Sadly, when we traveled across the state in October, most of the vehicles we saw using the wildlife management areas did not have wildlife plates.
C'mon folks, let's help Idaho's wildlife by proudly buying and displaying a wildlife license plate on each of our vehicles!
See below for information on Idaho plates. Most states have wildlife plates so if you live outside Idaho, check with your state's wildlife department or vehicle licensing division for availability of state wildlife plates where you live.
Wildlife License Plates
Idaho Wildlife license plates provide essential funding that benefits the great diversity of native plants and wildlife that are not hunted, fished or trapped—over 10,000 species or 98% of Idaho’s species diversity. Game species that share the same habitats (such as elk, deer, antelope, sage-grouse, salmon, trout) also benefit from these specialty plates.
No state tax dollars are provided for wildlife diversity, conservation education and recreation programs. Neither are any revenues from the sale of hunting or fishing licenses spent on nongame species. Instead, these species depend on direct donations, federal grants, fundraising initiatives—and the Idaho Wildlife license plates.
Both my vehicles have Bluebird Plates. I prefer the bluebird because the nongame program gets 70 percent of the money from bluebird plates, but only 60 percent of the money from elk and trout plates - 10 percent of the money from elk plates supports wildlife disease monitoring and testing programs (to benefit the livestock industry) and 10 percent from cutthroat plates supports non-motorized boat access.
Incidentally, in 2014, the Idaho Legislature denied the Department of Fish and Game the ability to add new plates or even to change the name of the elk and cutthroat plates (very specific) to wildlife and fish plates, a move that would have allowed for changing images occasionally and generating more revenue. It would seem that they believe that we Idahoans don't want a well funded wildlife program. Go figure.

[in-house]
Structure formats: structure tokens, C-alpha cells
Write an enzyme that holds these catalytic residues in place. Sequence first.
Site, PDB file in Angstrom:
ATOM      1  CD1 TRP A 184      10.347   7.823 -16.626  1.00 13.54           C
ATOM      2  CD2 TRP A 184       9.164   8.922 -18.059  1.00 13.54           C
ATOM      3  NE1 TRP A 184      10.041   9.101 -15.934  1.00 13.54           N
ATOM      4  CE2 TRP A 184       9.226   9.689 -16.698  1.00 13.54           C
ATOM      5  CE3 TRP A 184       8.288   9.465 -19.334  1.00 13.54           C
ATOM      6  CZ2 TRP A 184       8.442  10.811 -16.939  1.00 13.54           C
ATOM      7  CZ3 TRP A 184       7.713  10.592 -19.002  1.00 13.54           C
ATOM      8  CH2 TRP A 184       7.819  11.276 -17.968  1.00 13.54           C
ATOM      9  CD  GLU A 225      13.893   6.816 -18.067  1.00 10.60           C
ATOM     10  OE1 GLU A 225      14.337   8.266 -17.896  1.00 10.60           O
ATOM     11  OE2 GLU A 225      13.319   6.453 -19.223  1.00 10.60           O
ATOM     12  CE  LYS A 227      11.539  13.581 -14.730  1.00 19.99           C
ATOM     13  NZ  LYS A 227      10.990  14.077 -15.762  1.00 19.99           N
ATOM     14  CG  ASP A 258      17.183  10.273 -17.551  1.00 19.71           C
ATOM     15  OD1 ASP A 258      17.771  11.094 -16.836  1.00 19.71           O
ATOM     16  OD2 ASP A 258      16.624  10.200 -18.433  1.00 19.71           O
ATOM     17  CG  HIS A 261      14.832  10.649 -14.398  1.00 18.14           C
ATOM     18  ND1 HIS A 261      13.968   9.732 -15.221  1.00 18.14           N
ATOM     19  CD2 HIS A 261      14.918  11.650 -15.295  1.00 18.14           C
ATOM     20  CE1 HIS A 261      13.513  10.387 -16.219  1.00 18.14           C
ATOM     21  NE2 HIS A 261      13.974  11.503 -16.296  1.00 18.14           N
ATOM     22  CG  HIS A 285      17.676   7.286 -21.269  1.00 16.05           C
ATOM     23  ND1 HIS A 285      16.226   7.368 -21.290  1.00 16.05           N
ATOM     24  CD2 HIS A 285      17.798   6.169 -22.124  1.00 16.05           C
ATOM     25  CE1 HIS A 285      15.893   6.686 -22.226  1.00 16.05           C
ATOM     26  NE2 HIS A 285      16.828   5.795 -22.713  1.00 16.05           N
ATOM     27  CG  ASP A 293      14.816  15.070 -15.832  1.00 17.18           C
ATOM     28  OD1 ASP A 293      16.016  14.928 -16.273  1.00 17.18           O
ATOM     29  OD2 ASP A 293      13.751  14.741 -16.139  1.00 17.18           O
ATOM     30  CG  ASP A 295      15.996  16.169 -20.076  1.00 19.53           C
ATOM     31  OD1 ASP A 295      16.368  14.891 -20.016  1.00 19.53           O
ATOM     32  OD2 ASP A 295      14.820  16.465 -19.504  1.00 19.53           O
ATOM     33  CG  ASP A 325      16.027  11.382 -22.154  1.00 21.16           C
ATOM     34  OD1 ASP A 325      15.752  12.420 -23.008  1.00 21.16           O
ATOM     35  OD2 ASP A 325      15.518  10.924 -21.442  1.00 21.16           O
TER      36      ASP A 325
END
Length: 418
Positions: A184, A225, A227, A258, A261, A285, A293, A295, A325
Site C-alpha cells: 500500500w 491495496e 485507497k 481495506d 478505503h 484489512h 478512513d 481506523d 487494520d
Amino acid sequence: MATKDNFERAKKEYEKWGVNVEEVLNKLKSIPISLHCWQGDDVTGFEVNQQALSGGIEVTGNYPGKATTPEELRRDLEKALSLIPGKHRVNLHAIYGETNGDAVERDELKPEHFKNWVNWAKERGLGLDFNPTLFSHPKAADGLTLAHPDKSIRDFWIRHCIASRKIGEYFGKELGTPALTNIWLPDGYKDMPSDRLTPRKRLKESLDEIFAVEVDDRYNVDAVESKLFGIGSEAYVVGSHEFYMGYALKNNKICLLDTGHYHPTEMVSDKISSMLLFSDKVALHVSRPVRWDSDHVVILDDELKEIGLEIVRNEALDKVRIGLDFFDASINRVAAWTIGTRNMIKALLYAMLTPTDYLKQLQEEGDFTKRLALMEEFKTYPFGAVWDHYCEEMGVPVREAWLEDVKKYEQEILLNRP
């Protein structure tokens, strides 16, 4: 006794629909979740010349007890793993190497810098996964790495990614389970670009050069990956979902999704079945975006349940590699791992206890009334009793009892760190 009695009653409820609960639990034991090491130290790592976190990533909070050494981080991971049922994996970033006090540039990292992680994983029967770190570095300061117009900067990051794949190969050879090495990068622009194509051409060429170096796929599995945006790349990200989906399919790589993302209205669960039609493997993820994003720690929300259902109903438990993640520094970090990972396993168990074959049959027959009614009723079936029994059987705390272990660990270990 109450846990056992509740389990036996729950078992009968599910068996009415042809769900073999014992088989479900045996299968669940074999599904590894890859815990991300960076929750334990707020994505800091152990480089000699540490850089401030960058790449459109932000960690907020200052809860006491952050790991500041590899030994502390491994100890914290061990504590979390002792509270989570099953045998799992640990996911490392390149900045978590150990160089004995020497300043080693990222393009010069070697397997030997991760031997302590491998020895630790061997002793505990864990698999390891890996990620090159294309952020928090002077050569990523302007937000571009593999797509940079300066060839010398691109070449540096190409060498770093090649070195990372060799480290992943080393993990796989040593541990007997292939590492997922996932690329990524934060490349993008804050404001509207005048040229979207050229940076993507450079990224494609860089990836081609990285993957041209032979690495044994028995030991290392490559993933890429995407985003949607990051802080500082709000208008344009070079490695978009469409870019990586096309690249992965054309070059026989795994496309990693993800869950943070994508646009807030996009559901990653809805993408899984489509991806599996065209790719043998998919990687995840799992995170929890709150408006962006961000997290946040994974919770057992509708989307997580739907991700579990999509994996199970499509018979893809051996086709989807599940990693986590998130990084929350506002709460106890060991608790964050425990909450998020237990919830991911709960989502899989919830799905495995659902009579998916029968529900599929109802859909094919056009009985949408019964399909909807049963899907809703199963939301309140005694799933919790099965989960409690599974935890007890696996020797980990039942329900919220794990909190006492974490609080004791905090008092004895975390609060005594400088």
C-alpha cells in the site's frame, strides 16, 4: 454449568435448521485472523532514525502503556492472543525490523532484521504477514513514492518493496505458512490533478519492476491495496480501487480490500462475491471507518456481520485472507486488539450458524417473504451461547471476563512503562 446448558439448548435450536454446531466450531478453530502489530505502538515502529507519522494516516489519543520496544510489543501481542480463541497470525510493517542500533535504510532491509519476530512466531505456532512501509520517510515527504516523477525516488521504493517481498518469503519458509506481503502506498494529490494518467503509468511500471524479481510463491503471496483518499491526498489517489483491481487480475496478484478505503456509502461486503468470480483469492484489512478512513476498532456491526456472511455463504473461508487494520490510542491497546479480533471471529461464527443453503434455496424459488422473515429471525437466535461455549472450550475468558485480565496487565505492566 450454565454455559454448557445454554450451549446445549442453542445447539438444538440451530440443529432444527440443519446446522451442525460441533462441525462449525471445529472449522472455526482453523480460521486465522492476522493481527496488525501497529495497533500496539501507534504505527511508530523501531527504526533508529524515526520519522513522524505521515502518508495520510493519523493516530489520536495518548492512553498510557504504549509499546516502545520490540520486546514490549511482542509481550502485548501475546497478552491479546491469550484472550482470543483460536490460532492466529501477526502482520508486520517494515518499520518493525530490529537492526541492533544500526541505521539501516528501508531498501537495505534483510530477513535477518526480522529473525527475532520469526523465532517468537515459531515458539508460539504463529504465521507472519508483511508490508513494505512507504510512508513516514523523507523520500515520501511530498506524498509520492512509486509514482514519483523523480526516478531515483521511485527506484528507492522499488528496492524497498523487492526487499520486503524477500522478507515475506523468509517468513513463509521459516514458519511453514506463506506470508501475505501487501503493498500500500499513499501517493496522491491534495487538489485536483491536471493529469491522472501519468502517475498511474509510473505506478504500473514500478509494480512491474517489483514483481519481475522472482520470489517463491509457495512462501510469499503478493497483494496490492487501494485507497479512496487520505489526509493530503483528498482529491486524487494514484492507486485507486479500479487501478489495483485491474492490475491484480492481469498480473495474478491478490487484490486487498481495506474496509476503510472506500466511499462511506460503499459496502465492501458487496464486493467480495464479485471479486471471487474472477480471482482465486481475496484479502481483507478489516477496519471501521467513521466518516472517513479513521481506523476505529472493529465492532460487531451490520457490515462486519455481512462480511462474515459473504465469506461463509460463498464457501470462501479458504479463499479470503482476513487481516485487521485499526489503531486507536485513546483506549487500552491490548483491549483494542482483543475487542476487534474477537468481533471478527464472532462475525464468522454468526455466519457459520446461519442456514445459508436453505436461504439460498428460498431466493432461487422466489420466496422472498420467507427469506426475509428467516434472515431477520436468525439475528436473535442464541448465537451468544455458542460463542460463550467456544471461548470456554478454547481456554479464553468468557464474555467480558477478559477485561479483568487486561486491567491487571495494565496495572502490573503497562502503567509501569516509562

"WOW. What a phenomenal piece you wrote. You are amazing." Jennifer Jackson
That is embarrassing but actually a fairly typical response to my nature essays. Since The Best of Nature is created from the very best of 16 years of these nature essays published weekly in the Idaho Falls Post Register (online readership 70,000), it is a fine read. It covers a wide variety of topics including humorous glimpses of nature, philosophy, natural history, and conservation. Readers praise the style, breadth of subject matter and my ability to communicate complex and emotional topics in a relaxed and understandable manner.
Everyone can find something to love in this book. From teenagers to octogenarians, from the coffee shop to the school room, these nature essays are widely read and enjoyed.
Some of the essays here are my personal favorites, others seemed to strike a chord with readers. Most have an important message or lesson that will resonate with you. They are written with a goal to simultaneously entertain and educate about the wonderful workings of nature. Some will make you laugh out loud and others will bring a tear to the eye and warm your heart.
"You hit a home run with your article on, Big Questions in Nature. It should be required reading for everyone who has lost touch with nature...great job!" Joe Chapman
"We enjoyed your column, Bloom Where Planted. Some of the best writing yet. The Post Register is fortunate to have your weekly columns." Lou Griffin.
To read more and to order a copy, click here or get the Kindle version
Copies are also available at:
Barnes and Noble in Idaho Falls
Perfect Light Photo Supply
Museum of Idaho
Valley Books, Jackson Wyoming
Avocet Corner Bookstore, Bear River National Wildlife Refuge, Brigham City, Utah
Craters of the Moon National Monument Bookstore, Arco, Idaho